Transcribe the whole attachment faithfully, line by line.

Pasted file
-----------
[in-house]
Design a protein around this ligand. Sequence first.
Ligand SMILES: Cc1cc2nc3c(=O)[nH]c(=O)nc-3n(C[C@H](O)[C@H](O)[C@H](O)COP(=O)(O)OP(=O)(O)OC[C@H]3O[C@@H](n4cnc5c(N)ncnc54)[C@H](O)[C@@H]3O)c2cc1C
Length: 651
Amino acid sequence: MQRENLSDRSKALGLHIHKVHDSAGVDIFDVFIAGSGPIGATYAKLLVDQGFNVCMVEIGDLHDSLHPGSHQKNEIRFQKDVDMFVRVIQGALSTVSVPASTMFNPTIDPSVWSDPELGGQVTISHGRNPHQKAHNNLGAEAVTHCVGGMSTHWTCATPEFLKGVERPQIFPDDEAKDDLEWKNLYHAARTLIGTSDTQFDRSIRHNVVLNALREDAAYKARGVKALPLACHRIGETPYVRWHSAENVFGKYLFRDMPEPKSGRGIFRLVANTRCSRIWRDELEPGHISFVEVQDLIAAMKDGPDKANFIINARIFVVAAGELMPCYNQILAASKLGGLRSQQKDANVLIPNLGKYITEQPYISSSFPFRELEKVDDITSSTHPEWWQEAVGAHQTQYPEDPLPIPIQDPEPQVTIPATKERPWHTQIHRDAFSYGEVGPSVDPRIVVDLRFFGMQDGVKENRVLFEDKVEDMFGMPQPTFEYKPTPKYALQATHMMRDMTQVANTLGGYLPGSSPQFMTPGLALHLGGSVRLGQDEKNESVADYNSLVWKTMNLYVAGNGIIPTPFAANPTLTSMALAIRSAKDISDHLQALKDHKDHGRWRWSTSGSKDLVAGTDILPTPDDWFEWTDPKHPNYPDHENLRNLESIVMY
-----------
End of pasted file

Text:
[in-house]
Design a protein around this ligand. Sequence first.
Ligand SMILES: Cc1cc2nc3c(=O)[nH]c(=O)nc-3n(C[C@H](O)[C@H](O)[C@H](O)COP(=O)(O)OP(=O)(O)OC[C@H]3O[C@@H](n4cnc5c(N)ncnc54)[C@H](O)[C@@H]3O)c2cc1C
Length: 651
Amino acid sequence: MQRENLSDRSKALGLHIHKVHDSAGVDIFDVFIAGSGPIGATYAKLLVDQGFNVCMVEIGDLHDSLHPGSHQKNEIRFQKDVDMFVRVIQGALSTVSVPASTMFNPTIDPSVWSDPELGGQVTISHGRNPHQKAHNNLGAEAVTHCVGGMSTHWTCATPEFLKGVERPQIFPDDEAKDDLEWKNLYHAARTLIGTSDTQFDRSIRHNVVLNALREDAAYKARGVKALPLACHRIGETPYVRWHSAENVFGKYLFRDMPEPKSGRGIFRLVANTRCSRIWRDELEPGHISFVEVQDLIAAMKDGPDKANFIINARIFVVAAGELMPCYNQILAASKLGGLRSQQKDANVLIPNLGKYITEQPYISSSFPFRELEKVDDITSSTHPEWWQEAVGAHQTQYPEDPLPIPIQDPEPQVTIPATKERPWHTQIHRDAFSYGEVGPSVDPRIVVDLRFFGMQDGVKENRVLFEDKVEDMFGMPQPTFEYKPTPKYALQATHMMRDMTQVANTLGGYLPGSSPQFMTPGLALHLGGSVRLGQDEKNESVADYNSLVWKTMNLYVAGNGIIPTPFAANPTLTSMALAIRSAKDISDHLQALKDHKDHGRWRWSTSGSKDLVAGTDILPTPDDWFEWTDPKHPNYPDHENLRNLESIVMY